One of the things I always tell prospective clients is that I am not a product person. I don’t sell products, and I finish most jobs using just the products the client already owns. I admire beautiful spaces, but I’m not a designer. My business is about function, not form – although I do think a more functional space is easier on the eyes!
So while I cannot advise you on how to decorate with bins or baskets, know that the right containers and other storage products can help make your tiny kitchen easier to live in. The key is to know what specific problem you are solving before shopping. Once you know this, any right-sized product that is in your budget will do – whether you’re shopping the recycling bin or a store.
Here are nine common kitchen scenarios where an organizing product might make your tiny kitchen easier to use.
Tiny items – like the three drink mixes in this photo – tend to get lost when stored with larger items or in larger spaces. Group small items in a larger container to make them easier to find. Repurposed boxes or lids work well here.
Some packaging is floppy, which makes it awkward to store. Other foods need to be resealed after opening, and the original packaging is not helpful. If you regularly stock a food like this, a rigid, air-tight container will make it easier to use.
Because a cereal box may not be a box of cereal… If your household hates to run out of something (but often does), decant it to a clear container as soon as you buy it. Next grocery run, you will know at a glance if you are running low. Also, sometimes decanting lets you store more food in the same footprint.
If your shelving is deep, know that a basket on a shelf is practically a drawer. Use open bins to subdivide the shelf into two or more sections. These bins can go back to front or side by side. Now you can move items into the light in groups to find just what you need.
Storing food up high? A turn-table will let you reach the item you want without climbing on a ladder. This is an item I think is worth buying rather than improvising. They are not expensive and come in a variety of diameters. Converting deep storage into fingertip storage is worth the money!
Fill your cabinets from the bottom up, moving shelves down to minimize unused vertical space. You only need an inch or two of clearance above the tallest object on the self. You can even have an extra shelf cut. If your shelves don’t adjust, use cabinet risers or seldom used cookie sheets to recapture this space.
Whether you buy dividers or repurpose lids, splitting your drawer into subsections will make finding tools easier. You can use the negative space around bins too. In this client’s drawer the space between two bins is designated for can openers.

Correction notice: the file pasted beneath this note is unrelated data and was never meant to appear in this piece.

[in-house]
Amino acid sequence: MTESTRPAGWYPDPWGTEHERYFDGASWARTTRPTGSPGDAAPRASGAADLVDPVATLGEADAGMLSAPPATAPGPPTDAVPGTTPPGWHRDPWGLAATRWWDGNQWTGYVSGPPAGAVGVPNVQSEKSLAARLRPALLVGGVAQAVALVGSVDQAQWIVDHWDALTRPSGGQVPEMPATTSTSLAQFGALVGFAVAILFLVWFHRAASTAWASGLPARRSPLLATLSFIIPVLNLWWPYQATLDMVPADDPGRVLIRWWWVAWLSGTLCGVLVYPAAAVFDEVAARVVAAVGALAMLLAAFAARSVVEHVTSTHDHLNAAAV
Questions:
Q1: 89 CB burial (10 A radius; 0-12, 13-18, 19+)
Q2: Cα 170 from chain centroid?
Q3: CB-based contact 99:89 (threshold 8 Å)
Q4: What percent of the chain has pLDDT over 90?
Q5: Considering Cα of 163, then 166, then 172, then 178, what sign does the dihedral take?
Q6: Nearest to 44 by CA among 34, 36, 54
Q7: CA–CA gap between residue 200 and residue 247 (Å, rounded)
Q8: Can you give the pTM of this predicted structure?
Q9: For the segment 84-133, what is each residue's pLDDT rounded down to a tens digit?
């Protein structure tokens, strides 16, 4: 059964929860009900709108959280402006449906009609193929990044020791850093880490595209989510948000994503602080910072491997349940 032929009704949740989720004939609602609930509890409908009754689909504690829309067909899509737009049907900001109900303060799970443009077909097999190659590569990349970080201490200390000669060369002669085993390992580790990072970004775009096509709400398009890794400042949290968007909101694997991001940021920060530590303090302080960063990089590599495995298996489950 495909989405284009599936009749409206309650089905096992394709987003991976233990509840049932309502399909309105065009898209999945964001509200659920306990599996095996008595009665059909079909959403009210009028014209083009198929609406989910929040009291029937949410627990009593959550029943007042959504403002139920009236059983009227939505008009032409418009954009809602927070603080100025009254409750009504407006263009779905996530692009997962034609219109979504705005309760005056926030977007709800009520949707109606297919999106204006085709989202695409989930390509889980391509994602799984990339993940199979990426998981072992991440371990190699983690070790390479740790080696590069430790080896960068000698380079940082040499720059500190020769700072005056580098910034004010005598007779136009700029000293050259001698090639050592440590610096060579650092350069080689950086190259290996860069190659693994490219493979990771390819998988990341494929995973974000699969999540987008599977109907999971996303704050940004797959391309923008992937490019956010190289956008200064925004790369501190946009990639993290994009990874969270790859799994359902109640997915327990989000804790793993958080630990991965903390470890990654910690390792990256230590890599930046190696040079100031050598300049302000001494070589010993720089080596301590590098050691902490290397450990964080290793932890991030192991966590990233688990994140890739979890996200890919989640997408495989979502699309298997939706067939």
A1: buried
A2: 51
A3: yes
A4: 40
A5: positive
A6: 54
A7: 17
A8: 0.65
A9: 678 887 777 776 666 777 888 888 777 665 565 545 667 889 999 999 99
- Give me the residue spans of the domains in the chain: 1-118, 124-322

If you can, store taller items in deep drawers. Otherwise, use deep stacking trays to create a bottom layer and top layer without adding fussy lids. Store less frequently used items in the bottom layer.
If you routinely use a group of foods or items together, hunting down each individual item might be tiresome. Storing them together in a “kit” will make your food prep easier. Think popcorn kits, s’mores kits, cake decorating kits, or sandwich kits.
Before You Shop
If any of these scenarios apply to you, I recommend you make a list on your phone. Note what you are storing – quantity of product or how much volume the container must hold – and the measurements of where you will store it. I always advocate starting with products you already you own. Best case scenario, your problem is solved with no additional cost. Worst case scenario, you have a better sense of exactly what dimensions and features will be ideal for the job before you shop.
When you are shopping, sometimes a quick online search will do the trick, but most sites do not make it easy to search by dimensions. Taking your list and measuring tape next time you are at a store might actually save you time and trouble in the long run. Pay attention to materials too:
- In a kitchen, I do not recommend cloth containers, simply because kitchens are messy and cloth baskets are hard to clean.
- Thumbs up to repurposed cardboard boxes (Hello, Aldi!), as these are easy to recycle and replace when needed.
- If you are using a container that will be moved – such as from a high cabinet to the counter – make sure it is rigid. Flexible containers are great for drawer dividers, but they will be precarious to move around when full.
- If you are storing unpackaged food in a container, make sure the container is food safe.
- If you are using a product in your fridge or freezer, make sure it will withstand swings in temperature and moisture. Some materials may become brittle or grow mold in these conditions.
You’ll probably find most of what you need at a big box or home goods store, but may also strike gold at the dollar store, thrift store, grocery store, craft store, or hardware store. Keeping your list and measuring tape handy will help you choose just the right tool for the job. Happy hunting!
Kaloumi Small Home Organizing is based in Edgewater, Chicago. If you live on the northside of Chicago or in the near north suburbs and would like my help in person, please contact me today!